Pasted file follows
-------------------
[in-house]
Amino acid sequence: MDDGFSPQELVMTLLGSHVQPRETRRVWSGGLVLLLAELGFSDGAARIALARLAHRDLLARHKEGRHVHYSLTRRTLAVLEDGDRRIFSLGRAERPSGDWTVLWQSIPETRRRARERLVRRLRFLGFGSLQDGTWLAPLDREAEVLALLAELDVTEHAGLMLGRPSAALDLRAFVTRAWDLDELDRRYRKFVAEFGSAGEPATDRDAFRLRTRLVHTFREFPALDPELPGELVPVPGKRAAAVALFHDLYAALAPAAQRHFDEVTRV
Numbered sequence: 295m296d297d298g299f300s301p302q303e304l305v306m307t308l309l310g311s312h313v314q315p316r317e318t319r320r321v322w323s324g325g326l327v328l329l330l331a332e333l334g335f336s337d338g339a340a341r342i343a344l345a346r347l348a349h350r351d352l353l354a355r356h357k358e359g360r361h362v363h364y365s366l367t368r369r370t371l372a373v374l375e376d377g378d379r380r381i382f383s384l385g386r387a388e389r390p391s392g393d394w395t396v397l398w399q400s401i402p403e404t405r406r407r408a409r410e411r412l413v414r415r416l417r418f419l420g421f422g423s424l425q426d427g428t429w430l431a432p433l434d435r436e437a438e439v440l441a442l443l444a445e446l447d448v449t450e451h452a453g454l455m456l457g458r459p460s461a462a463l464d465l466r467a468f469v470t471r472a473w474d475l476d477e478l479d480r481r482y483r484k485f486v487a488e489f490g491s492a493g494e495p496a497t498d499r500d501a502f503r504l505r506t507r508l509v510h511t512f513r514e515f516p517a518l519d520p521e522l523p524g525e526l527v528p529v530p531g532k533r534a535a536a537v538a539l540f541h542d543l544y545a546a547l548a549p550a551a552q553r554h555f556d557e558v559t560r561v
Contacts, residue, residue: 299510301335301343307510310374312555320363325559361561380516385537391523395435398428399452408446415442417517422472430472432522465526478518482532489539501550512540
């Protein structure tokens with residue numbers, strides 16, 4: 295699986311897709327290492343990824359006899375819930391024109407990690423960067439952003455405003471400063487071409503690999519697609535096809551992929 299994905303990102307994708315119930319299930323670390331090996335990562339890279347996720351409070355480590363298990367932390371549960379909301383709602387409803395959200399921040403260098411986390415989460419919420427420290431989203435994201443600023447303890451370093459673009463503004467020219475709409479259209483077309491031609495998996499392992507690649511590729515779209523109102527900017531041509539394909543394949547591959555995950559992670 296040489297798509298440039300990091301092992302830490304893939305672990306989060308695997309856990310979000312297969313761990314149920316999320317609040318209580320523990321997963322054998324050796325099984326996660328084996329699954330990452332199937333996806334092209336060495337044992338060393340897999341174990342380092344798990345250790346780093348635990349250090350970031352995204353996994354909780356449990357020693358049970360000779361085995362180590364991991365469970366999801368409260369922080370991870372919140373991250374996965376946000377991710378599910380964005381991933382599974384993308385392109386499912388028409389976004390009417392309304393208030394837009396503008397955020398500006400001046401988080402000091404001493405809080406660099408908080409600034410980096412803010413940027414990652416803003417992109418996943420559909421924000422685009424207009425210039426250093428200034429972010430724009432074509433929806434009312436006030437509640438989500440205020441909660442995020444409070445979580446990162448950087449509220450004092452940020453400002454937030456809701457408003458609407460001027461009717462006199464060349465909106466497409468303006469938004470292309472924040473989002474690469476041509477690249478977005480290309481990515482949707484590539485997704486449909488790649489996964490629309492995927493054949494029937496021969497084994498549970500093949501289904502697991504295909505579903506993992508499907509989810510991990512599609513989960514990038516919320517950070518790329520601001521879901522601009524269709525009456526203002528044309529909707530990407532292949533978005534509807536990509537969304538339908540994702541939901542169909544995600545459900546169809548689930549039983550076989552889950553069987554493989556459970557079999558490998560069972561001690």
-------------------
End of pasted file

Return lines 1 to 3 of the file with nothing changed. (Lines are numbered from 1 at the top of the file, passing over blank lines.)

[in-house]
Amino acid sequence: MDDGFSPQELVMTLLGSHVQPRETRRVWSGGLVLLLAELGFSDGAARIALARLAHRDLLARHKEGRHVHYSLTRRTLAVLEDGDRRIFSLGRAERPSGDWTVLWQSIPETRRRARERLVRRLRFLGFGSLQDGTWLAPLDREAEVLALLAELDVTEHAGLMLGRPSAALDLRAFVTRAWDLDELDRRYRKFVAEFGSAGEPATDRDAFRLRTRLVHTFREFPALDPELPGELVPVPGKRAAAVALFHDLYAALAPAAQRHFDEVTRV
Numbered sequence: 295m296d297d298g299f300s301p302q303e304l305v306m307t308l309l310g311s312h313v314q315p316r317e318t319r320r321v322w323s324g325g326l327v328l329l330l331a332e333l334g335f336s337d338g339a340a341r342i343a344l345a346r347l348a349h350r351d352l353l354a355r356h357k358e359g360r361h362v363h364y365s366l367t368r369r370t371l372a373v374l375e376d377g378d379r380r381i382f383s384l385g386r387a388e389r390p391s392g393d394w395t396v397l398w399q400s401i402p403e404t405r406r407r408a409r410e411r412l413v414r415r416l417r418f419l420g421f422g423s424l425q426d427g428t429w430l431a432p433l434d435r436e437a438e439v440l441a442l443l444a445e446l447d448v449t450e451h452a453g454l455m456l457g458r459p460s461a462a463l464d465l466r467a468f469v470t471r472a473w474d475l476d477e478l479d480r481r482y483r484k485f486v487a488e489f490g491s492a493g494e495p496a497t498d499r500d501a502f503r504l505r506t507r508l509v510h511t512f513r514e515f516p517a518l519d520p521e522l523p524g525e526l527v528p529v530p531g532k533r534a535a536a537v538a539l540f541h542d543l544y545a546a547l548a549p550a551a552q553r554h555f556d557e558v559t560r561v